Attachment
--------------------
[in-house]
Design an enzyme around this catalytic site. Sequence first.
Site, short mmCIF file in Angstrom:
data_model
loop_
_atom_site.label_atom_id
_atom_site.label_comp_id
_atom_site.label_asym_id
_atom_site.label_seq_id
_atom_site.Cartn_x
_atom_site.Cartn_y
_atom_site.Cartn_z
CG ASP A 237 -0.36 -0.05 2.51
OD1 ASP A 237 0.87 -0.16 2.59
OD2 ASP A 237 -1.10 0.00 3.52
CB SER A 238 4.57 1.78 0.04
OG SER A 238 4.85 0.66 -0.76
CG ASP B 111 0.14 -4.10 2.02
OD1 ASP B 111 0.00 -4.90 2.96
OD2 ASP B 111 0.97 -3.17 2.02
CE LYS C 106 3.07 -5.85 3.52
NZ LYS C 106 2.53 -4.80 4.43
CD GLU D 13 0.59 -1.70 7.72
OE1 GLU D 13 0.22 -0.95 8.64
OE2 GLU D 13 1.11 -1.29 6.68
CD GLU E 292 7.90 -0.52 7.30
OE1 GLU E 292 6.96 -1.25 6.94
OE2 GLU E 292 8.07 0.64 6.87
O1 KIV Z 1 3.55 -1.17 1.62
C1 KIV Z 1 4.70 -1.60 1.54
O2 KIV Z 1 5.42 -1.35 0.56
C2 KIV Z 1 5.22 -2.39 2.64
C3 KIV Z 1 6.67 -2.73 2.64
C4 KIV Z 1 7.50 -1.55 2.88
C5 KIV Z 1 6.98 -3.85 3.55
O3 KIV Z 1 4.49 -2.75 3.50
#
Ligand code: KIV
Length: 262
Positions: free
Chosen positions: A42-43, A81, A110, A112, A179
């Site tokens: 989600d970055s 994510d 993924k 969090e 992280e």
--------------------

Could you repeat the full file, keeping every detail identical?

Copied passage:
[in-house]
Design an enzyme around this catalytic site. Sequence first.
Site, short mmCIF file in Angstrom:
data_model
loop_
_atom_site.label_atom_id
_atom_site.label_comp_id
_atom_site.label_asym_id
_atom_site.label_seq_id
_atom_site.Cartn_x
_atom_site.Cartn_y
_atom_site.Cartn_z
CG ASP A 237 -0.36 -0.05 2.51
OD1 ASP A 237 0.87 -0.16 2.59
OD2 ASP A 237 -1.10 0.00 3.52
CB SER A 238 4.57 1.78 0.04
OG SER A 238 4.85 0.66 -0.76
CG ASP B 111 0.14 -4.10 2.02
OD1 ASP B 111 0.00 -4.90 2.96
OD2 ASP B 111 0.97 -3.17 2.02
CE LYS C 106 3.07 -5.85 3.52
NZ LYS C 106 2.53 -4.80 4.43
CD GLU D 13 0.59 -1.70 7.72
OE1 GLU D 13 0.22 -0.95 8.64
OE2 GLU D 13 1.11 -1.29 6.68
CD GLU E 292 7.90 -0.52 7.30
OE1 GLU E 292 6.96 -1.25 6.94
OE2 GLU E 292 8.07 0.64 6.87
O1 KIV Z 1 3.55 -1.17 1.62
C1 KIV Z 1 4.70 -1.60 1.54
O2 KIV Z 1 5.42 -1.35 0.56
C2 KIV Z 1 5.22 -2.39 2.64
C3 KIV Z 1 6.67 -2.73 2.64
C4 KIV Z 1 7.50 -1.55 2.88
C5 KIV Z 1 6.98 -3.85 3.55
O3 KIV Z 1 4.49 -2.75 3.50
#
Ligand code: KIV
Length: 262
Positions: free
Chosen positions: A42-43, A81, A110, A112, A179
């Site tokens: 989600d970055s 994510d 993924k 969090e 992280e």